CO detector saves livesA decision by Lee Danielson nearly five years ago may have saved his life early Wednesday morning. The Superior man and his family woke just after midnight when the alarm on their carbon monoxide detector went off.
By: Maria Lockwood, Superior Telegram
A decision by Lee Danielson nearly five years ago may have saved his life early Wednesday morning. The Superior man and his family woke just after midnight when the alarm on their carbon monoxide detector went off.
“Carbon monoxide detectors will give a false reading once in a while,” Danielson said. “This is the first time it went off and stayed on.”
He checked the furnace room and found the combined exhaust for his furnace and hot water heater had collapsed. It was pouring toxic carbon monoxide gas into the home. Danielson brought his wife, Jennifer and their two sons to another part of the house and opened the patio door to let in fresh air. He shut off the water heater, turned down the thermostats and called the Superior Fire Department for help.
“The carbon monoxide did peak at 80 parts per million,” Danielson said. “The fire department said anything over 35 is very unsafe.”
Battalion Chief Scott Gordon with the Superior Fire Department said if the detector hadn’t picked it up, the colorless, odorless gas could have killed the family in the night. Without the detector, the exhaust would have continued to empty into the house, saturating the air with toxic gas.
“The levels would have just gone up and we might not have woken up,” Danielson said.
Jennifer Danielson took the couple’s children — 4-year-old Parker and 2-year-old Chase — to stay at a relative’s house while her husband stayed home. Firefighters determined that the carbon monoxide levels had fallen to safe levels, although without the furnace going the temperature in the home dipped to 58 degrees. Young Plumbing was contacted to repair the exhaust.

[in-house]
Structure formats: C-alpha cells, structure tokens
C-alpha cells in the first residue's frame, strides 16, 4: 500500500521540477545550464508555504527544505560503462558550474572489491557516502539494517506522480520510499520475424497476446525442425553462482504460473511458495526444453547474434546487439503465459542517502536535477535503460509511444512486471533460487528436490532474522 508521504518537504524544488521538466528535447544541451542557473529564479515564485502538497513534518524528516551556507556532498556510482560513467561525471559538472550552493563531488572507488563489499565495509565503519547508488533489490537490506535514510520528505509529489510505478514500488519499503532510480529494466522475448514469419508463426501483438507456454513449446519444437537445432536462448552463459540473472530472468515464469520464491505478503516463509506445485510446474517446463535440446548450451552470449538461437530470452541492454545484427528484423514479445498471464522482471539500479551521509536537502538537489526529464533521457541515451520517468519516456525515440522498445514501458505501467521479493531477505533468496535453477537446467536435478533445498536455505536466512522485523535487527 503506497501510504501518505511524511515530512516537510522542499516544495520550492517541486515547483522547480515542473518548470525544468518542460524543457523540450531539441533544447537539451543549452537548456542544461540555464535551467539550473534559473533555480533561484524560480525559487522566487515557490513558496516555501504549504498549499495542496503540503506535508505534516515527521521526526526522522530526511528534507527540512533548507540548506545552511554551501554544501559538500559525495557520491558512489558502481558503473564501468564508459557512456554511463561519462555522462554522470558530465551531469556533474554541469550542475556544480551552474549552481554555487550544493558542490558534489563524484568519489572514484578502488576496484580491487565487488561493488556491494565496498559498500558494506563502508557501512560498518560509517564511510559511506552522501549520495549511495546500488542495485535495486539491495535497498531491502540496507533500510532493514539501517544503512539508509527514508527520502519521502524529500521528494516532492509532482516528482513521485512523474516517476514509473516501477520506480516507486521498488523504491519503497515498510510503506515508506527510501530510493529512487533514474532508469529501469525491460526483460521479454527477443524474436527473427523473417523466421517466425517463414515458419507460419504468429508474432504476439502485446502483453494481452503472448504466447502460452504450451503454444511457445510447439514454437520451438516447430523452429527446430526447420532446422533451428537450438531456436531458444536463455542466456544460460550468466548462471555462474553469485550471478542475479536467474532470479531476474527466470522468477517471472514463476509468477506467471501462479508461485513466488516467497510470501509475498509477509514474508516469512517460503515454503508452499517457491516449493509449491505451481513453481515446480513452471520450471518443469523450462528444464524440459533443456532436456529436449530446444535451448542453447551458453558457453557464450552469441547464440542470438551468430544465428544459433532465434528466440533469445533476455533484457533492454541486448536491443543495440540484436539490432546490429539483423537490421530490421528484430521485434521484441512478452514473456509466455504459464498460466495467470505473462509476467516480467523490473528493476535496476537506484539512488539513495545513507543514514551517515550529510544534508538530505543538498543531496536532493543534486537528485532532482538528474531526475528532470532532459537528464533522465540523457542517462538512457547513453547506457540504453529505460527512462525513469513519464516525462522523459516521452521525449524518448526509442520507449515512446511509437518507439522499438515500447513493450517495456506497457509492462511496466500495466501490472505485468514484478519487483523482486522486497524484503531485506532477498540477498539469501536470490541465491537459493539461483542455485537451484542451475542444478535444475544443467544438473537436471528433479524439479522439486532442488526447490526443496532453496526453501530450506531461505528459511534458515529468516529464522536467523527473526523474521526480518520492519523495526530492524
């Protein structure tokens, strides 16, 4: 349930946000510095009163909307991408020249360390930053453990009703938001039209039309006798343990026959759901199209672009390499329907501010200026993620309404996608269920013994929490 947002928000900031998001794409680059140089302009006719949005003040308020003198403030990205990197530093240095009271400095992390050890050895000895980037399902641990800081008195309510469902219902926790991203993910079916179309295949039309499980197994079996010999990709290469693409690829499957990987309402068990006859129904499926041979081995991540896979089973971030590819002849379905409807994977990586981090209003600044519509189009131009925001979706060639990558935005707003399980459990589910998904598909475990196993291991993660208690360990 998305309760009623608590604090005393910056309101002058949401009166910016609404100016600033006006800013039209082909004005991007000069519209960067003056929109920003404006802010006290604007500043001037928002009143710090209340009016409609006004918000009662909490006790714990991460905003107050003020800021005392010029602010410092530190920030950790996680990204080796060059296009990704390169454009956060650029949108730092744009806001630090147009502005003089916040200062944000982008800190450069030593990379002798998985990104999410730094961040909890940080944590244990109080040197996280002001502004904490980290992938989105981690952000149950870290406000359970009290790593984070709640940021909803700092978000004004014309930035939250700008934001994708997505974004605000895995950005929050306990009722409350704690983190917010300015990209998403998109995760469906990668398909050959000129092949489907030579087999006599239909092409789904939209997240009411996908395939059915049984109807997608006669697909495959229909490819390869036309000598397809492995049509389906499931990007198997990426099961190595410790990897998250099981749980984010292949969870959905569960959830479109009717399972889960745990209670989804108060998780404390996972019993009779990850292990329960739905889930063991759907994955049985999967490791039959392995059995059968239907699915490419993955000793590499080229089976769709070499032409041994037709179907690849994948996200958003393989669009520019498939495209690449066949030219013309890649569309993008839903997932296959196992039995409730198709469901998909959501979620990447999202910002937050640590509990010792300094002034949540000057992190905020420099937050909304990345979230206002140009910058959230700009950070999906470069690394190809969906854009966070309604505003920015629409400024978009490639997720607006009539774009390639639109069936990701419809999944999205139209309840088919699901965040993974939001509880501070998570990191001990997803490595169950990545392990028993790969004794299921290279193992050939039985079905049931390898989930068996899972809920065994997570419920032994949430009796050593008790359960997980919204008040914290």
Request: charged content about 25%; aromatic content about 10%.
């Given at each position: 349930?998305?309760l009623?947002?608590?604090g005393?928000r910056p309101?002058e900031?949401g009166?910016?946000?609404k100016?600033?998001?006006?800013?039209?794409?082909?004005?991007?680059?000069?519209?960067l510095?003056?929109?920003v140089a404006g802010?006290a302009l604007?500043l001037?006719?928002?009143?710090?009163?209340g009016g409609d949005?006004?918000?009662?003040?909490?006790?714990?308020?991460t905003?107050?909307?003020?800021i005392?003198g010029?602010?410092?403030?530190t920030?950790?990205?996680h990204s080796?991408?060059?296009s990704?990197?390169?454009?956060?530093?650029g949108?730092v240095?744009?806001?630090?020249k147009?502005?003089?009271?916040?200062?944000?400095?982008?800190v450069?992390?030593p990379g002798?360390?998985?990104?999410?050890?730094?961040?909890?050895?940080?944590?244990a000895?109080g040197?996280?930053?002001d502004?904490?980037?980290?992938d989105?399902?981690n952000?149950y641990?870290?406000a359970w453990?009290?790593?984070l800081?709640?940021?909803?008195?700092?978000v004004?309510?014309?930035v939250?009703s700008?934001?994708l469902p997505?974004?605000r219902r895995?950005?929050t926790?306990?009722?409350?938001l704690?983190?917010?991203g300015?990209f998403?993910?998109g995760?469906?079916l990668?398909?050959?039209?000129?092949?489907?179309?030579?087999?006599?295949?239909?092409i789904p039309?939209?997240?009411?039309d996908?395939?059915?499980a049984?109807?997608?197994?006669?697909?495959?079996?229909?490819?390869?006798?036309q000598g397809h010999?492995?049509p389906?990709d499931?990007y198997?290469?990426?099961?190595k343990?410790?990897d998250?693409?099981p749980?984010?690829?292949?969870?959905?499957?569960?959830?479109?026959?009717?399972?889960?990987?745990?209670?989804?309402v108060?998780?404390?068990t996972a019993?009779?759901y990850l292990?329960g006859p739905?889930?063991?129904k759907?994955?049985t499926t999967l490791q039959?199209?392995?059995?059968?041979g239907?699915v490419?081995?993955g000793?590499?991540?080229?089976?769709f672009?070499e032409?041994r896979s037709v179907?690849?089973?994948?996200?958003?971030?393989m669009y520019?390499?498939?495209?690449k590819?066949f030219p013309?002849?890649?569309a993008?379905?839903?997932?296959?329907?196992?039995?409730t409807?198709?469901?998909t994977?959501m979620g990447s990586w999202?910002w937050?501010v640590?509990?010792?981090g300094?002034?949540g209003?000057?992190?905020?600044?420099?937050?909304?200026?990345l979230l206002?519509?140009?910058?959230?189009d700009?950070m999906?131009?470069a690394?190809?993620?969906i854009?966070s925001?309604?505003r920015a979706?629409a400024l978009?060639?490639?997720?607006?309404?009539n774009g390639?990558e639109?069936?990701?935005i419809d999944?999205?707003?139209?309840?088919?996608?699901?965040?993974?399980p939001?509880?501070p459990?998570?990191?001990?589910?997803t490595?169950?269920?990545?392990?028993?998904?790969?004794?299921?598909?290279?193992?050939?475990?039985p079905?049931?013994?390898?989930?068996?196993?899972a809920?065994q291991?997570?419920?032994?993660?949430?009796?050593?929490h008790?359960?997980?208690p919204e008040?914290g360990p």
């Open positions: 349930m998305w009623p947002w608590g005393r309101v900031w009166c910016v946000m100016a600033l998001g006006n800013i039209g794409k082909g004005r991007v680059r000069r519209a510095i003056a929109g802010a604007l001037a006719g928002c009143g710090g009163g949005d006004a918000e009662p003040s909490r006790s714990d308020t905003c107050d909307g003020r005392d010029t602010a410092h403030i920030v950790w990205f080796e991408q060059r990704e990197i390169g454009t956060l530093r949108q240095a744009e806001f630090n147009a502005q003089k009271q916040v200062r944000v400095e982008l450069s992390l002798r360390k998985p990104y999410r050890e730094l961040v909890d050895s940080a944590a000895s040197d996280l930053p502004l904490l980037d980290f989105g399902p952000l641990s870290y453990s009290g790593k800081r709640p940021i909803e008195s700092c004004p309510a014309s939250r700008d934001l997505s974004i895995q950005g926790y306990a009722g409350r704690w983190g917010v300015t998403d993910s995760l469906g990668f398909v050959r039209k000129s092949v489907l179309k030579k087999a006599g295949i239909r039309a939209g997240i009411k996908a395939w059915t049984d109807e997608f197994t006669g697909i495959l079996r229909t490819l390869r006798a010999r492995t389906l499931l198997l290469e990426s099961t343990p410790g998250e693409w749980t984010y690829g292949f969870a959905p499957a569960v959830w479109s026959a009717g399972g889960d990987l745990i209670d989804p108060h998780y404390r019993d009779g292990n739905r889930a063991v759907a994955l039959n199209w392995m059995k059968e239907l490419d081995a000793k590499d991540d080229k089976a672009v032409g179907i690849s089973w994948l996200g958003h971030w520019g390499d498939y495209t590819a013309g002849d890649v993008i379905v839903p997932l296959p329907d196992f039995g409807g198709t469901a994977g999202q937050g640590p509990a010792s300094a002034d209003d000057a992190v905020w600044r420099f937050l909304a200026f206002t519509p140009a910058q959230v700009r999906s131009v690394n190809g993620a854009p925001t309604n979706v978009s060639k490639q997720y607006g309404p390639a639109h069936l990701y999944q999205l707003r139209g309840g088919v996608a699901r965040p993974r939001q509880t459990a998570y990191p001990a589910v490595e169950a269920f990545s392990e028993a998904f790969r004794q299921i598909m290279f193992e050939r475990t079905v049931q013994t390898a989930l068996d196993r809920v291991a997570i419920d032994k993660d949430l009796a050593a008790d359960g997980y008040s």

The Superior Fire Department responds to between 20 and 30 carbon monoxide alarm calls per year.
“Most of them are benign,” Gordon said, but at least three have involved a complete malfunction of an exhaust system or appliance.
“Carbon monoxide detectors can save lives just as much as smoke detectors,” Gordon said. And they protect against an enemy that can’t be seen, smelled or tasted.
“It’s something you take for granted, like a smoke detector,” Danielson said. “It’s something you don’t know if it even works; it won’t go off until there’s a problem.”
The Superior native has had the detector for years. When the family moved into their South Superior home two years ago, they brought it with them. Public safety announcements about the dangers of carbon monoxide, known as the silent killer, led Danielson to get it. He didn’t even know the detectors had become mandatory in all homes in Wisconsin this February.
Wednesday afternoon, the couple’s sons played with Transformers in the living room as their parents talked with members of the media. They were willing to share their story to highlight the importance of carbon monoxide detectors. The incident has made them stop taking theirs for granted.
“Obviously I’m going to make sure it works all the time, and buy another for the other section of the house,” Danielson said.
According to state law, carbon monoxide detectors must be installed in all one- and two-family dwellings with fuel-burning appliances, fireplaces or attached garages. Detectors are required on every floor of the home, including the basement, and near every sleeping area. But it’s a law that’s hard to enforce.
“We don’t have the ability to go in and make people do it,” Gordon said. “That’s why we’re happy people are doing it.”
He said homeowners should have their appliances checked every year, as well.
If a carbon monoxide detector does go off, residents should call 911 and get out of the house, according to Gordon.
The battery-powered devices come in both ceiling/wall mount and plug-in modes; some are even combined with smoke detectors. Each of these styles meets the requirements of the state law, provided it is approved by Underwriter’s Laboratories and has a UL number listed on the package.